Sarah J Maas is not a new author, but she has written five books. And of those five books, I have read and loved every one of them. Sarah J. Maas is my favourite author, for she has written my all time favourite series, Throne of Glass. If you haven't read it, we can't be friends. Maas is one of the most talented writers I've ever come across, her books are absolutely captivating! QUEEN OF SHADOWS COMES OUT IN 24 DAYS OH LORD. And have you seen any interviews with her?! She's hilarious and witty and I want to be her best friend. Tbh I have a major crush on her and to hold even a ten second conversation with her would make me truly #blessed .... I am sorry I will never do that hashtag business again. Honestly though, ALL HAIL MAAS.

5. John Green (5 books)
Much like my fascination with Nicholas Sparks, a love for John Green books became an easy love for quite a while. The Fault in Our Stars easily became one of my favourite books ever, and frankly I adore John Green's writing. John Green is pretty much the YA version of Nicholas Sparks. Similarly, my love for John Green books has dwindled much like my love for Nicholas Sparks books. I say this loosely, though, because I will gladly pick up anything John Green writes over what Nicholas Sparks writes. Still, I have kinda gotten over the John Green hype, though he is still a fantastic writer and person.

6. Marissa Meyer (4 books)
The Lunar Chronicles is one of my favourite series I have read this year, and I am eagerly awaiting the Winter release. The Lunar Chronicles follow the same sort of YA fantasy/dystopia theme, but Meyer does it in such a magical and fantastical way that is so unique and unlike anything I have read before. The touch of sci-fi we get through Cinder is something that makes me want to read much more sic-fi in the future, for it is so captivating and intriguing that I need more. Much more than that, I need more Marissa Meyer in my life.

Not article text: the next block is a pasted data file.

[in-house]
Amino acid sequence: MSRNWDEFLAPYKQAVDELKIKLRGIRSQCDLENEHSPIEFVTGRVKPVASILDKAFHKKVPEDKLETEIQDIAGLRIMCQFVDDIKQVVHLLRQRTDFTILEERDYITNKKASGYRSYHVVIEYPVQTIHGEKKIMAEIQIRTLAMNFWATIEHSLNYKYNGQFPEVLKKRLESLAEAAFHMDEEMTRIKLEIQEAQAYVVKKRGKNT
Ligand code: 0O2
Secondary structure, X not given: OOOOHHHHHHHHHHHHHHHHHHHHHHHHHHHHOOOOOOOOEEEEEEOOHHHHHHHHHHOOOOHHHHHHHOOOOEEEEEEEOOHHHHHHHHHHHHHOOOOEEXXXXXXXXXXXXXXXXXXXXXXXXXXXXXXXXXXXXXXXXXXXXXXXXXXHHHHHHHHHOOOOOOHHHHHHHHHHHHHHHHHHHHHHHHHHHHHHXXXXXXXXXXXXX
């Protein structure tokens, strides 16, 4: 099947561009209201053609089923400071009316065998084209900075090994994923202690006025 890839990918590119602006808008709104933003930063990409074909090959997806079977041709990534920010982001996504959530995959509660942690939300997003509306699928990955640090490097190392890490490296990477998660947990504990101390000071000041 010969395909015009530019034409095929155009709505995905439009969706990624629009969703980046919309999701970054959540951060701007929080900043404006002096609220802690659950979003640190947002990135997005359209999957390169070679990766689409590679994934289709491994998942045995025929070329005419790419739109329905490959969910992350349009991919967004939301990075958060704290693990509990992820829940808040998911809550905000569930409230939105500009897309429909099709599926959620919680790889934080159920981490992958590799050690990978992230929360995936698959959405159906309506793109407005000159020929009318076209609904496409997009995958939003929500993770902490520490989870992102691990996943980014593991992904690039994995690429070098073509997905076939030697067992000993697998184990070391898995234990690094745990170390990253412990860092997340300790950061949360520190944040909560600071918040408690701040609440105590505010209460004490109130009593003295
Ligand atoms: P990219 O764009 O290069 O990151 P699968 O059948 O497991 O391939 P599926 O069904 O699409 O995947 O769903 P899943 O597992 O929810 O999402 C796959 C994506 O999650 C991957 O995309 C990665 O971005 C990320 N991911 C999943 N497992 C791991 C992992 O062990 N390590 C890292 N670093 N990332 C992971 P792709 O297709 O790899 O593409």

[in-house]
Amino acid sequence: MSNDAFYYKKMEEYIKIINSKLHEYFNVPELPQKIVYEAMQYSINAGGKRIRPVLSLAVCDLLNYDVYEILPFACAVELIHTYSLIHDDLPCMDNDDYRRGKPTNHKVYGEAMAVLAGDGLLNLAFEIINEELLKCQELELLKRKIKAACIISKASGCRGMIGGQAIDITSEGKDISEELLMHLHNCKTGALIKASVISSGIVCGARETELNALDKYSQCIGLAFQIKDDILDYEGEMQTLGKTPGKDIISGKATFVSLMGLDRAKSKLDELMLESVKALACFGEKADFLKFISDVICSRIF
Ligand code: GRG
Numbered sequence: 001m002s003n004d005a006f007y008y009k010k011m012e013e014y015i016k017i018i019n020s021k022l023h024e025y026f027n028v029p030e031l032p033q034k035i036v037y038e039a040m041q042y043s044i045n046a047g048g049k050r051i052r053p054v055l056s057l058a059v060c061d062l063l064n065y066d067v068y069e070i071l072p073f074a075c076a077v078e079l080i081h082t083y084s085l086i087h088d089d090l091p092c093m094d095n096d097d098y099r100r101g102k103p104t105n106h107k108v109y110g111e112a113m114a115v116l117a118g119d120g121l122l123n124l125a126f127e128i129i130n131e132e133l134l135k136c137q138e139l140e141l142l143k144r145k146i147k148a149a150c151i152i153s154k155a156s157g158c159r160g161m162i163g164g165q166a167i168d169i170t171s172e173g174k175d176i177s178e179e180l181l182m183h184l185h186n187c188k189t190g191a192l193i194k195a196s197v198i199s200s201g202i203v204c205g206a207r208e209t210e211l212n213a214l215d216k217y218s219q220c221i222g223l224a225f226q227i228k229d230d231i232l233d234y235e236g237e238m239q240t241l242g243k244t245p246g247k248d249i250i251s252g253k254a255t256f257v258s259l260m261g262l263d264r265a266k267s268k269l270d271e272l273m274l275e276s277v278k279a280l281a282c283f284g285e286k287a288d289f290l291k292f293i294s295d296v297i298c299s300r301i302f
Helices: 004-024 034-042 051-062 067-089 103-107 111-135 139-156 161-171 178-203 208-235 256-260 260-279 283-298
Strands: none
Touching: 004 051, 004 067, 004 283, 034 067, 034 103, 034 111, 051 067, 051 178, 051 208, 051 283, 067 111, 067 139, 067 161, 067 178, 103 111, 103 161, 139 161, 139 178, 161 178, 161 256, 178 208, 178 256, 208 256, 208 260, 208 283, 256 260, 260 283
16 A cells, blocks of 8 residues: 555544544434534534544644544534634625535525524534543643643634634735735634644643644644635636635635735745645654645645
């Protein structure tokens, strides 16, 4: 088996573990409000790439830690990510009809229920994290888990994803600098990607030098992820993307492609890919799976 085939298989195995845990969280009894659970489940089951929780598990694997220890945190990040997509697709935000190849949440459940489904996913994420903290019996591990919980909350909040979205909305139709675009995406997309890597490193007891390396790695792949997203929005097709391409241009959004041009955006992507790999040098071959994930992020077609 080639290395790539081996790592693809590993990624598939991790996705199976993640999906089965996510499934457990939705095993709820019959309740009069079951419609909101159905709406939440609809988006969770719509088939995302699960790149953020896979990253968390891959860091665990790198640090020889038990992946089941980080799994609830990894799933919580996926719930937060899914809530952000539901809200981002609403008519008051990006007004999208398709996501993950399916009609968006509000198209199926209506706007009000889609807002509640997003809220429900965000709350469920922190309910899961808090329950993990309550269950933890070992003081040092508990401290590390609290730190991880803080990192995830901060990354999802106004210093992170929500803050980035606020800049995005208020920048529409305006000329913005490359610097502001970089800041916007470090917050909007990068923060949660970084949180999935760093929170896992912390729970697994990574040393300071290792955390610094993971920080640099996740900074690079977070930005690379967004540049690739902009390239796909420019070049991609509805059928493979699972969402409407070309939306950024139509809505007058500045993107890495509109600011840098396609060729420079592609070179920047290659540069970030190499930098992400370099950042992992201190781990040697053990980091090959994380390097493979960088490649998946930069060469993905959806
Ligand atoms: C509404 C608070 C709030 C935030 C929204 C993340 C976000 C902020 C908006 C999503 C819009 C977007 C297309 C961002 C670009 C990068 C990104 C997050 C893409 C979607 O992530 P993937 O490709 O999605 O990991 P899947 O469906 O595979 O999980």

7. Lauren Oliver (4 books)
Lauren Oliver is not an author I hate, but I don't necessarily want to go out and pick up any and all of her books. The Delirium trilogy was so intriguing and the concept was so interesting and cool, and the characters were ones to be reckon with. Even so, the ending was quite disappointing, and the same rings true for her other book I read, Panic. While I did enjoy it overall, the ending was a bit lacking for me. Still, I have read four of her books and I did enjoy them.

8. Kiera Cass (4 books)
I'm not entirely sure how many books Kiera Cass has released, but I have read the Selection trilogy, as well as the "companion" novel that just released this year, The Heir. While I did have many problems with the trilogy as well as the companion novel, I did enjoy it. It was a cool combination between the Bachelorette and The Hunger Games. The political issues also interweaved in the story was also quite refreshing, as it made for a more dystopian rather than contemporary feel.

9. Stephanie Meyer (4 books)
Yes, yes, I had to add this in the list, for I did read all four of the Twilight saga. I read these in high school, and unlike the movies, the books were quite entertaining. Of course, I had the obvious problems that many people have with these books. Still, I read them.

Okay, I apologize, I need to cheat here. Turns out I'm terrible with author consistency, so I have a top nine authors instead of ten. If I were to add one more, it would be an author I have read three books from, and since I have read many trilogies, I cannot choose just one author for the number ten spot. I'm sorry I suck.

And with that, I bid you adieu,
Kayla @ one-chapter-ahead

7 August 2015

Review: The Heir by Kiera Cass

Reviewer: Kayla
Author: Kiera Cass
Pages: 342
Format: Paperback
My Rating: 7/10

Summary (thanks, Goodreads):